Applications of Existing Legislation/Securities Law to ICOs
While some jurisdictions have taken a hostile approach to ICOs, such as the bans by Korea and China, discussed in Part 1 of our 2 part series on international regulation of ICOs, a more measured approach is more common. Many jurisdictions have taken the stance that ICOs can and should be regulated by existing legislation, with slight variations in approach.
By far the most frequent conclusion regulators around the world have come to is that, depending on the nature of the ICO, securities laws may be applicable. This is the stated approach in Canada, the USA, the United Kingdom, Hong Kong, Abu Dhabi, and most recently, as of November 14, 2017, Singapore. The analysis of whether an ICO amounts to a security is carried out on a case-by-case basis in these jurisdictions, and the determination of whether certain ICOs will amount to a security is likely to vary from jurisdiction to jurisdiction. Certain regulatory authorities like the Monetary Authority of Singapore have tried to be clear about what offerings will and will not constitute a security in their guidance, while others have been more vague. In any event, a careful reading of local securities laws would be prudent in all these jurisdictions to determine what rules must be followed and when.
In cases where securities laws are deemed applicable per local regulation, the business launching the ICO will be required to comply with securities laws or seek exemptions. Compliance can include licensing of the business and/or individuals involved in the ICO, and substantial disclosure obligations. Commentators have predicted that the US SEC, in particular, may become particularly vigilant in prosecuting enforcement actions against ICOs that do not follow securities law requirements.
Many of these jurisdictions also have in place a regulatory sandbox, which may help to ease compliance requirements in those locations as regulators try to work with cryptocurrency businesses to develop rules that provide investor protection without greatly stifling innovation. Such regulatory relief is usually sought by applying to the regulator/sandbox on a case-by-case basis. Canada’s own sandbox approach saw the Ontario Securities Commission grant exemptive relief approving TokenFunder’s ICO, subject to the company’s compliance with certain conditions.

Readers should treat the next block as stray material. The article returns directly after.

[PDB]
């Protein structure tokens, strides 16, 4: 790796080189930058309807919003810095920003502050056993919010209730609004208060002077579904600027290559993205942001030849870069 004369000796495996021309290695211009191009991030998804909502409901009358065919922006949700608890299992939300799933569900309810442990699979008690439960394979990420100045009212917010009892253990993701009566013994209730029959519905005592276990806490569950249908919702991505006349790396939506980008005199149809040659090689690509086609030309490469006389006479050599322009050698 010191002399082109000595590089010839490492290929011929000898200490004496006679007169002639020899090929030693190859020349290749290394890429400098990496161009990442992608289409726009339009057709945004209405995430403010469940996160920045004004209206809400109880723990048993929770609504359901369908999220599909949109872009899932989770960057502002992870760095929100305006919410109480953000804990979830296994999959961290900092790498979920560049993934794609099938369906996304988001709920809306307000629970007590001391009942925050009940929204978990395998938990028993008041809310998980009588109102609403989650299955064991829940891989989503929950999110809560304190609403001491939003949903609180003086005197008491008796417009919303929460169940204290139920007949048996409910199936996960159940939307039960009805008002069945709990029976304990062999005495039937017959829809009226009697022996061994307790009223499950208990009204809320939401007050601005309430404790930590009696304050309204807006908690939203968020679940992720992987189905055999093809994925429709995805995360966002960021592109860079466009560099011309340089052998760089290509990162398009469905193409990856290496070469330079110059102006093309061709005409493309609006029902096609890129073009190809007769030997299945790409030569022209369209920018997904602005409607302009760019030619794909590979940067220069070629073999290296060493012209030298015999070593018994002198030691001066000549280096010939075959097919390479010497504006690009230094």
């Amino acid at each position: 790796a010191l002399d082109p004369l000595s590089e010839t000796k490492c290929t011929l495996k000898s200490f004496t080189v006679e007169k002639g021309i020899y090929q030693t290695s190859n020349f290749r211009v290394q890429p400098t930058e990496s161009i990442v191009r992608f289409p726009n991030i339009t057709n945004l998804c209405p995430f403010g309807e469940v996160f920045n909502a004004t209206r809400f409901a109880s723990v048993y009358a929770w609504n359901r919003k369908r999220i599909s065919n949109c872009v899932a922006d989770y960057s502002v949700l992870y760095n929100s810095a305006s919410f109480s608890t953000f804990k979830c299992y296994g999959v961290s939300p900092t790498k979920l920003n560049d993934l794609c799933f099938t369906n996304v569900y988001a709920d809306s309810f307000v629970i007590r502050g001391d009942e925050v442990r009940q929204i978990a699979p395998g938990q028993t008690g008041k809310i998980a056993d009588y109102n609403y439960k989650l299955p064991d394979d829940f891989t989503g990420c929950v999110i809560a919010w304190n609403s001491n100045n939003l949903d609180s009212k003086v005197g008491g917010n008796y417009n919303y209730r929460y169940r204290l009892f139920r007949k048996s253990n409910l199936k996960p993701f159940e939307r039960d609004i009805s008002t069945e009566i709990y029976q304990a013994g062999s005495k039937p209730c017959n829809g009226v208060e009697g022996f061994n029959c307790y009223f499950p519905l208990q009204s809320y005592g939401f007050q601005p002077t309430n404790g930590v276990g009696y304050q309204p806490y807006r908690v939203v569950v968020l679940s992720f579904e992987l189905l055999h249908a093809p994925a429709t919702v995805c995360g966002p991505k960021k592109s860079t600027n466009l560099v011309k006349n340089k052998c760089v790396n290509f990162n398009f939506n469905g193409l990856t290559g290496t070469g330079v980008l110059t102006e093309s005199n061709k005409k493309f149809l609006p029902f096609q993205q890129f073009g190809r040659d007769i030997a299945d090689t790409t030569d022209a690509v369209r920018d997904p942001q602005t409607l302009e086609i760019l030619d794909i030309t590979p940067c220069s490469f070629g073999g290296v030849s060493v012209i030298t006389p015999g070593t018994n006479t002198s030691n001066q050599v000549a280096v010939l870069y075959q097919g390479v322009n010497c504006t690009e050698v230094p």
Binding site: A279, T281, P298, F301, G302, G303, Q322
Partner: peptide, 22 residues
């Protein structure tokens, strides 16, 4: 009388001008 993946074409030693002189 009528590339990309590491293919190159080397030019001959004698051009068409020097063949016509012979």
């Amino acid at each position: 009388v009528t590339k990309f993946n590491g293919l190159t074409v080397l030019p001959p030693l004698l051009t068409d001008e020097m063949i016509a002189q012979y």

In many of these jurisdictions, it has also been either expressly stated by the relevant regulator, or suggested by securities regulators, that ICOs should comply with other applicable laws, such as anti-money laundering and terrorist financing legislation. However, generally, securities regulators have been more proactive about making clear that their laws apply, and implementing nascent efforts at enforcement and investigation of ICOs.
ICO Regulation in Switzerland
Switzerland, which is home to “Crypto Valley”, has taken a similar approach, though arguably is presenting a more ICO friendly posture. The latest announcement from the Swiss Financial Markets Supervisory Authority (FINMA) is that it is investigating the regulation of ICOs, though notes that “FINMA recognises the innovative potential of such technology and has been supporting efforts in developing and implementing blockchain solutions in the Swiss finance industry for several years.” FINMA indicated that it may come out with new regulations, but stated that with respect to the following areas, current Swiss laws may apply to ICOs depending on how they are structured:
- provisions on combating money laundering and terrorist financing;
- banking law provisions;
- provisions on securities trading;
- provisions set out in collective investment scheme legislation.
While the announcement indicates that ICOs must comply with existing legislation where applicable, Switzerland is also still in the nascent stages of determining how best to carry out investigations and enforcement for ICOs.
ICO Regulation in Japan
Japan’s Financial Services Agency (FSA) has determined that ICOs are regulated under existing legislation, namely, the Payment Services Act and/or the Financial Instruments and Exchange Act (FIEA) may apply.
Determining which act applies is dependent on the structure of the ICO and the nature of the coin being offered. In a recent announcement, the FCA stated that those ICOs whose coins constitute virtual currency are regulated under the Payment Services Act. Per the FCA, businesses whose coins constitute virtual currencies are likely providing exchange services on a regular basis and must be registered with each Local Finance Bureau”. Further, “if an ICO has the characteristics of an investment and the purchase of a token by a virtual currency is practically deemed equivalent of that by a legal tender,” the ICO is subject to regulations under the FIEA, which is the main statute regulating securities in Japan.
Global Regulation of ICOs
Overall, regulators’ scrutiny of ICOs worldwide is increasing. The current trend is for regulators to take a measured approach and try to use existing frameworks to govern ICOs, though some jurisdictions are shutting down activity as they attempt to grapple with ICO implications, while others are offering temporary relief from the rules through the sandbox approach. It is an interesting point of time in the development of ICOs and one that asks regulators to balance investor protection concerns with facilitating innovation and also providing a competitive jurisdiction for crypto business. Watch this blog for further developments or subscribe and get updates from the EKB Fintech Blog sent directly to you.